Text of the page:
Explore Central America
Central America Food and Drink
Like South America, the cuisine of Central America has been very much influenced by the flavor profiles and ingredients of other regions including Spain, Asia, India and the Caribbean. The fusion of international flavors is subtle, and their presence is much more noticeable in larger cities. Despite many gastronomical differences among the countries of Central America, they all have certain indigenous ingredients in common such as corn or maize, peppers, beans and seafood in the coastal regions.
Of all Central American countries, it is the Belizeans who arguably enjoy the widest variety of foods. “Drinking tea” is what eating breakfast is called, and foods such as fry jacks, cheeses, eggs and beans are common at this typically large meal. Rice and beans is popular at lunch time as are regional specialties such as panades (fried corn shells filled with fish or beans), meat pies, or escabeche, an onion soup. Fruit drinks, beer and rum are among the most common beverages.
The national dish of Costa Rica is called gallo pinto (painted rooster) and is a dish of black beans and rice. This dish is prepared in myriad different ways, but is often served at every meal. Tortillas are omnipresent at Costa Rican meals, and another popular meal called picadillos, a combination of vegetables and meats, is often served and eaten inside a corn tortilla.
Many Salvadoran dishes are made with maize as the primary ingredient and their national dish is called pupusa which is more a style of eating rather than one particular dish. Pupusas are thick corn tortillas that are served stuffed with a variety of cheeses, beans, fried pork rinds, squash, seafood and even spinach; once filled they are fried on a skillet or grilled until heated through.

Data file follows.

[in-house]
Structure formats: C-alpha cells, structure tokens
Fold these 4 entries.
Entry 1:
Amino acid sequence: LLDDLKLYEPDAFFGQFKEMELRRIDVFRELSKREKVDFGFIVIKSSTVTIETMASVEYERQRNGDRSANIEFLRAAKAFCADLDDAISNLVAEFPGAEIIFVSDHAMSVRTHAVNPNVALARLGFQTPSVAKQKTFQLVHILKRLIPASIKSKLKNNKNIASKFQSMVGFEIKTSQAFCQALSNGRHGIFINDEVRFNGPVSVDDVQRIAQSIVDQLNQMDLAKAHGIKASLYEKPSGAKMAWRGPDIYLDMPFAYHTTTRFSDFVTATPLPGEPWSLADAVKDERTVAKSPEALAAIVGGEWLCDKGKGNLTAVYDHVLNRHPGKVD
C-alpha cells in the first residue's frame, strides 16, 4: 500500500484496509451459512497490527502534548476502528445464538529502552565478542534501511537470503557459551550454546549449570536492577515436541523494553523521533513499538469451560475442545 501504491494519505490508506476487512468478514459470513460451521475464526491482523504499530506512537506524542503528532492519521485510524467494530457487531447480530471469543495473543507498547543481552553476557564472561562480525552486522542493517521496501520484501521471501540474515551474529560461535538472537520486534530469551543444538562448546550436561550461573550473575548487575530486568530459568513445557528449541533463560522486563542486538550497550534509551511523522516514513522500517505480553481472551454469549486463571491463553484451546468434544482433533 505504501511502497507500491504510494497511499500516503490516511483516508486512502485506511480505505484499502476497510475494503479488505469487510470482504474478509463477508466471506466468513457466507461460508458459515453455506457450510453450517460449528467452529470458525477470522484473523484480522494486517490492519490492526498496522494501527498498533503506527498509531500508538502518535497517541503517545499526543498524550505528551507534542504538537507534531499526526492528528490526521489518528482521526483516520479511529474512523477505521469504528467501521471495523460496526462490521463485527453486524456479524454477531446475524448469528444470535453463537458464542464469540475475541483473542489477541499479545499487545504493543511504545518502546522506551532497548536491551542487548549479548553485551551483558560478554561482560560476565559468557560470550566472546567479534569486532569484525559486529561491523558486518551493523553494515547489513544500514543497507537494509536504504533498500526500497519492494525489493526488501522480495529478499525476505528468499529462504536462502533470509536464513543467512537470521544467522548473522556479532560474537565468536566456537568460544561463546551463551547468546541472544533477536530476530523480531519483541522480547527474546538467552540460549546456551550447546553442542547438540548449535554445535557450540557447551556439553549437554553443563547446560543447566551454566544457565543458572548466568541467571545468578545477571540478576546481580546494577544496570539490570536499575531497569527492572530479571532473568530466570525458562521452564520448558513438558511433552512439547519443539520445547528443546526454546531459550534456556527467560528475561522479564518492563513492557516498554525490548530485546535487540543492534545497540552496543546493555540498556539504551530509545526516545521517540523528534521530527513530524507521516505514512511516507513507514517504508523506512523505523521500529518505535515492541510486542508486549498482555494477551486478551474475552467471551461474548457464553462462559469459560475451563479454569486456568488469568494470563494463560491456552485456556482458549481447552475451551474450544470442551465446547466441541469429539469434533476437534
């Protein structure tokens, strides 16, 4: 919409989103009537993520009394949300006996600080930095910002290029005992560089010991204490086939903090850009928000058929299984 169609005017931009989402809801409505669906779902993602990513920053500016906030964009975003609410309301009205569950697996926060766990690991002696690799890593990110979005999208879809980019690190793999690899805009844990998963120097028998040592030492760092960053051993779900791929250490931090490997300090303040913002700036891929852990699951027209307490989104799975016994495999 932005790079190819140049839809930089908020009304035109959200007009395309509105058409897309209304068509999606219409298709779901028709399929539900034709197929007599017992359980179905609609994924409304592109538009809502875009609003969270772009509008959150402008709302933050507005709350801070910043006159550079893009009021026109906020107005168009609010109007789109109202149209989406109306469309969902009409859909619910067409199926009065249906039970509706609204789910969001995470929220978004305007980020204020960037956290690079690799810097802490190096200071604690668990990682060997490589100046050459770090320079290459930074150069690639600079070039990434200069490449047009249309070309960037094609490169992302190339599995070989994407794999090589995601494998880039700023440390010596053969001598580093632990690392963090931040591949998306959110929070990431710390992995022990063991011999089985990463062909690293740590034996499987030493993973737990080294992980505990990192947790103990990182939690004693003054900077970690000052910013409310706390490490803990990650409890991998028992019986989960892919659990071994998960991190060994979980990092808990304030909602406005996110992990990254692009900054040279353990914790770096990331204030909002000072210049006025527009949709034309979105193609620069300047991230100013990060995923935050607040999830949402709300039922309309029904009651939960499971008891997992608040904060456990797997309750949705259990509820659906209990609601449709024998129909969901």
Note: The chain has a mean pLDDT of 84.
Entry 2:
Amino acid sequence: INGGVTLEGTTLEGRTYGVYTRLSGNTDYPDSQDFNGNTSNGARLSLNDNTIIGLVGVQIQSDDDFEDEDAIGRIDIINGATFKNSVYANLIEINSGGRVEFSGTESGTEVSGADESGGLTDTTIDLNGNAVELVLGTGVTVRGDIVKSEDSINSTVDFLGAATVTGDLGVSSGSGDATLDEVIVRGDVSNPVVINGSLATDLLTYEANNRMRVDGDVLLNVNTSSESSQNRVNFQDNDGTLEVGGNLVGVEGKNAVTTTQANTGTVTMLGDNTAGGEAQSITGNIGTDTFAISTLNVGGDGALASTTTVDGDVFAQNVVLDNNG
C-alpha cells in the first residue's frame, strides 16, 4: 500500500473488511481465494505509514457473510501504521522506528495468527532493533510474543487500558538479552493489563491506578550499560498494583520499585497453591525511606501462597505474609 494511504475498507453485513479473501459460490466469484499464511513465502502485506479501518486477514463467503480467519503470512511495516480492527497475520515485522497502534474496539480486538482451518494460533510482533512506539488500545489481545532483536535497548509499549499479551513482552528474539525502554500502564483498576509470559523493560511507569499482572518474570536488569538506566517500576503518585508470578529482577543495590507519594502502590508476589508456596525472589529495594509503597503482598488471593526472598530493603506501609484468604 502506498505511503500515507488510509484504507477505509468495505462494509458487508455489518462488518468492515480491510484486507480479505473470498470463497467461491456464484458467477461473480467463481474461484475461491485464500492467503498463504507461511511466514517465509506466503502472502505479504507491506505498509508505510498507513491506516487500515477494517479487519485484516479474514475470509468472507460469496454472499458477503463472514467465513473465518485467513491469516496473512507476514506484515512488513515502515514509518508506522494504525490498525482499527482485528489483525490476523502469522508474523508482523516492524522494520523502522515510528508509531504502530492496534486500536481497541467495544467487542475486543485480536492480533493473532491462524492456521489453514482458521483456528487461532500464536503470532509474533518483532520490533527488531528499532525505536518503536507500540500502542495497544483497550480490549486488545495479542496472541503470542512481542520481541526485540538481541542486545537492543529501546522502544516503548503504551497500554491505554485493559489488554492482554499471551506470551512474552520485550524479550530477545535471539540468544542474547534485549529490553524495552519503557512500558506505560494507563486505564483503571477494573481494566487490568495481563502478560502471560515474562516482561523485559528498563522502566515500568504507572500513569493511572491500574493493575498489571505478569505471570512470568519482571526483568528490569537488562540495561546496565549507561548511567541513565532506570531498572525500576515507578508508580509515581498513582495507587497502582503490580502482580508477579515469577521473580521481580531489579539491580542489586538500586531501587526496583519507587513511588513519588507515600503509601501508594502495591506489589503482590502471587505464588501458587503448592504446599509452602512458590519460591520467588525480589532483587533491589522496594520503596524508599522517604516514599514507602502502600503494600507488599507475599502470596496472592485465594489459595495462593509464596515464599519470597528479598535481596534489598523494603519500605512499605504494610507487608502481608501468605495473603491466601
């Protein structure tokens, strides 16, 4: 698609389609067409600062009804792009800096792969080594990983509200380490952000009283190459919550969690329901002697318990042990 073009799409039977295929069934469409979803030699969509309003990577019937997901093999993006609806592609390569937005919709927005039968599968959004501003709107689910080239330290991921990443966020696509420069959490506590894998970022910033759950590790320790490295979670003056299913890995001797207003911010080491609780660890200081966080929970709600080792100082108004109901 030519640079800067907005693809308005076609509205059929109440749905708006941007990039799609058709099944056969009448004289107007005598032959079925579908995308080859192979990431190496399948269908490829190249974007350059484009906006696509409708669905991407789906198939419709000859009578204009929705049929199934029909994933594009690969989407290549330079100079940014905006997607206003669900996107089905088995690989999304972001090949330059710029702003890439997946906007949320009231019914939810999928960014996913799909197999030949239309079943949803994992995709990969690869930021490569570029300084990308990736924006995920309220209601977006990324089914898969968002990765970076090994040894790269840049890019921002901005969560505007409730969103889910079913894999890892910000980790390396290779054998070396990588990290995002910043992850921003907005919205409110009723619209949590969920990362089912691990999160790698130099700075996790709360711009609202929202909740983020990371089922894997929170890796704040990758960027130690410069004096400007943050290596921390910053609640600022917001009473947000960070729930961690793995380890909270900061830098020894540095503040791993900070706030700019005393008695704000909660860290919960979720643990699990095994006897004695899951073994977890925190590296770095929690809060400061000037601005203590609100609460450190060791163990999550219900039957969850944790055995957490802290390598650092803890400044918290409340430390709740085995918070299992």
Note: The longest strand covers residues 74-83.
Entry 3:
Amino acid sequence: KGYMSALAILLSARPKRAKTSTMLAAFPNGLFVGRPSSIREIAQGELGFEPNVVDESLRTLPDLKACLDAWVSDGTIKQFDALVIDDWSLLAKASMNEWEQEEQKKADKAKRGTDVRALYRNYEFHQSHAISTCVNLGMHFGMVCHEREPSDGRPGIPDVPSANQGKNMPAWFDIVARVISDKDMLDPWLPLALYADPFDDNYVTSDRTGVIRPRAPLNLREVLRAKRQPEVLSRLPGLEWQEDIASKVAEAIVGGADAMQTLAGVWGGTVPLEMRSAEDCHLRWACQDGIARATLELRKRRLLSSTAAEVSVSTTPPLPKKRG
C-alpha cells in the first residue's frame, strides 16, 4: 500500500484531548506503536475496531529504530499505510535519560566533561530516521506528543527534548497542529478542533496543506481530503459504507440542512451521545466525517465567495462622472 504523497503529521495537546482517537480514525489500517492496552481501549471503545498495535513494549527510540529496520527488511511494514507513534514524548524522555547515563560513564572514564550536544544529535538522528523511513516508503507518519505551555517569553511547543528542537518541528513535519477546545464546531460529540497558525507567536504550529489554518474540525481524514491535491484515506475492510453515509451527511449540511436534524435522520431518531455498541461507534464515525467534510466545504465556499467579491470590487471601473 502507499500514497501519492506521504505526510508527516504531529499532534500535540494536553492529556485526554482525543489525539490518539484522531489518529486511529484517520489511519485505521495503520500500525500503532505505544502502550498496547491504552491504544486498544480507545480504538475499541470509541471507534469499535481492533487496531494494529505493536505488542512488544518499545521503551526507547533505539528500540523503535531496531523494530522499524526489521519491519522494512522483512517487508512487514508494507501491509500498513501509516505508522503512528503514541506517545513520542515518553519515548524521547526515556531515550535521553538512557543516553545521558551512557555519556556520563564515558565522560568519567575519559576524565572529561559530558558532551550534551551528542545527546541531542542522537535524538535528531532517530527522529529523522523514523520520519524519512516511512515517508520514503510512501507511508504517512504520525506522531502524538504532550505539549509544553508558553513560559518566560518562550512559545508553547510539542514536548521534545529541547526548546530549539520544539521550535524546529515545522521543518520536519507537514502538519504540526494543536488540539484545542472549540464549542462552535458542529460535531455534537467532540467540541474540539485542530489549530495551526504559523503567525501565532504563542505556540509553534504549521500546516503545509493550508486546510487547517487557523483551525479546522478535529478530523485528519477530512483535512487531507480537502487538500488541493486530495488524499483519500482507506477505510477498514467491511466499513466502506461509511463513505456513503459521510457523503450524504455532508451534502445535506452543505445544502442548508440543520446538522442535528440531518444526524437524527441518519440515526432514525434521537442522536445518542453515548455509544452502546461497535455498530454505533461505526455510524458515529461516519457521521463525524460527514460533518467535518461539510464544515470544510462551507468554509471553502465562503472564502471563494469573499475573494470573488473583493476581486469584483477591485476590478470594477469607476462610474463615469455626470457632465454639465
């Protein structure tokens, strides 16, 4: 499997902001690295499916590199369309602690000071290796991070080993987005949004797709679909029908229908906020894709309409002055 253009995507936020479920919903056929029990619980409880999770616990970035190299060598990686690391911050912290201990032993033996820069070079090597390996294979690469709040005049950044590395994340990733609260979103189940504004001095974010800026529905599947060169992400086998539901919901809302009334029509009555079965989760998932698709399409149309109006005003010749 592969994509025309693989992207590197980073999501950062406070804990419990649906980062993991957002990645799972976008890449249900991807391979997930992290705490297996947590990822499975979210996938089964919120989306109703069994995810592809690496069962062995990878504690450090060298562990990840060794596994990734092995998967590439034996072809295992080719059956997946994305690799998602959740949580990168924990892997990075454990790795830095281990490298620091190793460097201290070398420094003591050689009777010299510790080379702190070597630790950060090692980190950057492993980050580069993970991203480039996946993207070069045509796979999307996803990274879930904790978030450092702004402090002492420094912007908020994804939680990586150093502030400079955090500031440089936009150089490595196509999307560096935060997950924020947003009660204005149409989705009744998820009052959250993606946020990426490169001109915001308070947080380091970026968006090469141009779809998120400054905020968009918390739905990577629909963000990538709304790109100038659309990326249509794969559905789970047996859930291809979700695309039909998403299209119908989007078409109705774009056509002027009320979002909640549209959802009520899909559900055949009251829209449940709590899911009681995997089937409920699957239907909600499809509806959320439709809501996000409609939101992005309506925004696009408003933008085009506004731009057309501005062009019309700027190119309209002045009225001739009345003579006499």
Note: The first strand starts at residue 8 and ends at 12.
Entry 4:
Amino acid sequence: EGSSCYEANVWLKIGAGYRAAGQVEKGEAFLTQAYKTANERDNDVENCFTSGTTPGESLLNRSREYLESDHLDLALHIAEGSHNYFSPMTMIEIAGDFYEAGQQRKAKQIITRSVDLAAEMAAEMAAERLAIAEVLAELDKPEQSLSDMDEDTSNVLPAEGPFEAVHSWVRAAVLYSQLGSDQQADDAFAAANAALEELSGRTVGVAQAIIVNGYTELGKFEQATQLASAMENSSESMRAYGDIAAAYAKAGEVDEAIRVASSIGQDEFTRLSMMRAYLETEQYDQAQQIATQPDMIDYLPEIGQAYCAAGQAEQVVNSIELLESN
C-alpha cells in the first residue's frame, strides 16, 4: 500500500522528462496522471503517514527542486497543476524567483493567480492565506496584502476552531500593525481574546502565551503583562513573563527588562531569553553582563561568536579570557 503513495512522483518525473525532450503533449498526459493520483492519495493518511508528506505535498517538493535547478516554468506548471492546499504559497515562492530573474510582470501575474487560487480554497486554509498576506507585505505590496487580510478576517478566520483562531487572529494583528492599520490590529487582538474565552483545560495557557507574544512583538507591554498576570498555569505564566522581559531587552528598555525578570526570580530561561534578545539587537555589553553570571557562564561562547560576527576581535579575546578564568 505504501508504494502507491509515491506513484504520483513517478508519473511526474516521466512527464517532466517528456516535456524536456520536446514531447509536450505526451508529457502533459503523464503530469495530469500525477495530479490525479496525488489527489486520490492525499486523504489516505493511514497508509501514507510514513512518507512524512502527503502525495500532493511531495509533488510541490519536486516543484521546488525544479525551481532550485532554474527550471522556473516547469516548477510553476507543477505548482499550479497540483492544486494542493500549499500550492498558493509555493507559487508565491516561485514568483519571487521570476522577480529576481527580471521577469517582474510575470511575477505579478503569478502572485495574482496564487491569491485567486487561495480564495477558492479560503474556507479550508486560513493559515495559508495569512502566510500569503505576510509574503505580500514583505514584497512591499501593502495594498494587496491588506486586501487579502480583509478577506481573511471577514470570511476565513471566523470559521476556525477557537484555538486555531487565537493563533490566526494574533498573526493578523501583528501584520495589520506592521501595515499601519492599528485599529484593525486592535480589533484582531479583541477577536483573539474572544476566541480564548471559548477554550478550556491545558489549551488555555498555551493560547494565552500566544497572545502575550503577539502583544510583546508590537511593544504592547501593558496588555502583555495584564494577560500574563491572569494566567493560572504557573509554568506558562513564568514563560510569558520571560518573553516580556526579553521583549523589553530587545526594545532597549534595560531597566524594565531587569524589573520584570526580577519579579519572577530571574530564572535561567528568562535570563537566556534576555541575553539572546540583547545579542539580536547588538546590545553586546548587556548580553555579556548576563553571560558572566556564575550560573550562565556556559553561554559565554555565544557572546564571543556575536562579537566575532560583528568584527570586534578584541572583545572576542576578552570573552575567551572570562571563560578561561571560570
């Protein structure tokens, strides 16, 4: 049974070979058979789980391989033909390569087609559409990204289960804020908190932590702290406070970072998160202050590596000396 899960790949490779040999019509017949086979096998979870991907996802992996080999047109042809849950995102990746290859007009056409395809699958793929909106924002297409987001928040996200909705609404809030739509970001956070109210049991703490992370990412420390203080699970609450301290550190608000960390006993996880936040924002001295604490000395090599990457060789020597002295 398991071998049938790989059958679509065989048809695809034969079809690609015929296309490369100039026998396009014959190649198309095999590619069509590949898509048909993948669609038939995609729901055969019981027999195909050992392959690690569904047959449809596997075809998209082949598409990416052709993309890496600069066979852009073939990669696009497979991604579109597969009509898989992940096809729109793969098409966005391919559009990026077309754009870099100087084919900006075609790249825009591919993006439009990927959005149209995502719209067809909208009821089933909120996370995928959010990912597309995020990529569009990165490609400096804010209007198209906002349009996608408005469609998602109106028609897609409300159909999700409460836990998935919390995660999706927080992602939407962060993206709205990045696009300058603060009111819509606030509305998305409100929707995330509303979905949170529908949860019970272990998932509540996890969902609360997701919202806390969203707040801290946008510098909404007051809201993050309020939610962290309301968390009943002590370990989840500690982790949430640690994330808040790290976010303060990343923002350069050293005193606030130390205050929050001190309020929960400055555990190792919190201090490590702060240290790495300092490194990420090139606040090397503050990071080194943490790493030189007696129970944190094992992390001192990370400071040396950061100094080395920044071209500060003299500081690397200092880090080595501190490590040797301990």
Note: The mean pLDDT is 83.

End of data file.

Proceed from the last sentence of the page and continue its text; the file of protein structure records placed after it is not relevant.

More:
One of the most popular Guatemalan regional dishes is pepián, a stew made of meats and vegetables that is most commonly found in a town called Antigua. Guatemalans are known for eating certain foods on certain days; paches (potato based tamale) is enjoyed on Thursdays while traditional tamales are served mostly on Saturdays. Gallo is the national brand of beer, and lemon sodas are very popular non-alcoholic drinks.
Interestingly, Honduran cuisine uses more coconut, in both sweet and savory dishes, than any of the other Central American countries. Fruits and vegetables are abundant and dishes such as conch or bean soup, tamales, fried fish, baleadas and carne asada are very common. The national dish is considered to be plato tipico (“typical dish”), which is a platter of beef and pork, white cheese, beans, fried plantains and cabbage salad garnished with sour cream.
Gallo pinto is also considered to be the national dish of Nicaragua, and unlike Costa Rica this dish of rice and red beans is often is often prepared using shaved coconut or coconut oil. Like Nicaragua, Panamanian cuisine uses many fresh vegetables and fruits, including plenty of coconut. Their national dish is sancocho de gallina, a soup made of chicken, cilantro, yucca, corn and other aromatics and spices. It is typically served with white rice on the side, either to be eaten in or with the soup. A very popular beverage in Panama is chichi, or fruit juice, however it can also refer to a fermented beverage made from germinated corn.
Despite the wide variety of dishes available in Central American cuisine, one thing remains constant: food is meant to be enjoyed with family and friends, and in many countries the meal is so important that even talking is considered impolite. Nonetheless, the flavors are all bright and fresh fruits and vegetables are grown and consumed in abundance.
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